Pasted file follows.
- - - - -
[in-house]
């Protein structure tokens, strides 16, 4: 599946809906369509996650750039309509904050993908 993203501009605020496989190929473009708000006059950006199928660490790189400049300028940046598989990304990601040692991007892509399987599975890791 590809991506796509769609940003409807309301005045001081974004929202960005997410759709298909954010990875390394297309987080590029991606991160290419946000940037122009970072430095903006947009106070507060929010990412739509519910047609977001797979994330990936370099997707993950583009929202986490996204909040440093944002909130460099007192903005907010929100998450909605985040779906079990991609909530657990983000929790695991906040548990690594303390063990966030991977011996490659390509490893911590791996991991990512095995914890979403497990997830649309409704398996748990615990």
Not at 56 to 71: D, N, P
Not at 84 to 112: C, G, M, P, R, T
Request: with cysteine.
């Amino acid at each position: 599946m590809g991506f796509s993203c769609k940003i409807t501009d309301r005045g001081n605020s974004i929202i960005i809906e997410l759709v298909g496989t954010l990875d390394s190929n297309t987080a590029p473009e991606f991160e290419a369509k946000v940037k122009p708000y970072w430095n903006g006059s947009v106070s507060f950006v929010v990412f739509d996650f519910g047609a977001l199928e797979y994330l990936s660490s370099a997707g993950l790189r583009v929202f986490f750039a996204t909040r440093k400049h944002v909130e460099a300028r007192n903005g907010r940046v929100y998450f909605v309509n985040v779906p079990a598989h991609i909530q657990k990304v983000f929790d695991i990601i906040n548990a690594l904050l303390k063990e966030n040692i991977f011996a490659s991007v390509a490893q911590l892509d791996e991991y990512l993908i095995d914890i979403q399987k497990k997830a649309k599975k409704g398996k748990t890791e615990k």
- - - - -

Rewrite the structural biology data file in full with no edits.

[in-house]
């Protein structure tokens, strides 16, 4: 599946809906369509996650750039309509904050993908 993203501009605020496989190929473009708000006059950006199928660490790189400049300028940046598989990304990601040692991007892509399987599975890791 590809991506796509769609940003409807309301005045001081974004929202960005997410759709298909954010990875390394297309987080590029991606991160290419946000940037122009970072430095903006947009106070507060929010990412739509519910047609977001797979994330990936370099997707993950583009929202986490996204909040440093944002909130460099007192903005907010929100998450909605985040779906079990991609909530657990983000929790695991906040548990690594303390063990966030991977011996490659390509490893911590791996991991990512095995914890979403497990997830649309409704398996748990615990």
Not at 56 to 71: D, N, P
Not at 84 to 112: C, G, M, P, R, T
Request: with cysteine.
């Amino acid at each position: 599946m590809g991506f796509s993203c769609k940003i409807t501009d309301r005045g001081n605020s974004i929202i960005i809906e997410l759709v298909g496989t954010l990875d390394s190929n297309t987080a590029p473009e991606f991160e290419a369509k946000v940037k122009p708000y970072w430095n903006g006059s947009v106070s507060f950006v929010v990412f739509d996650f519910g047609a977001l199928e797979y994330l990936s660490s370099a997707g993950l790189r583009v929202f986490f750039a996204t909040r440093k400049h944002v909130e460099a300028r007192n903005g907010r940046v929100y998450f909605v309509n985040v779906p079990a598989h991609i909530q657990k990304v983000f929790d695991i990601i906040n548990a690594l904050l303390k063990e966030n040692i991977f011996a490659s991007v390509a490893q911590l892509d791996e991991y990512l993908i095995d914890i979403q399987k497990k997830a649309k599975k409704g398996k748990t890791e615990k």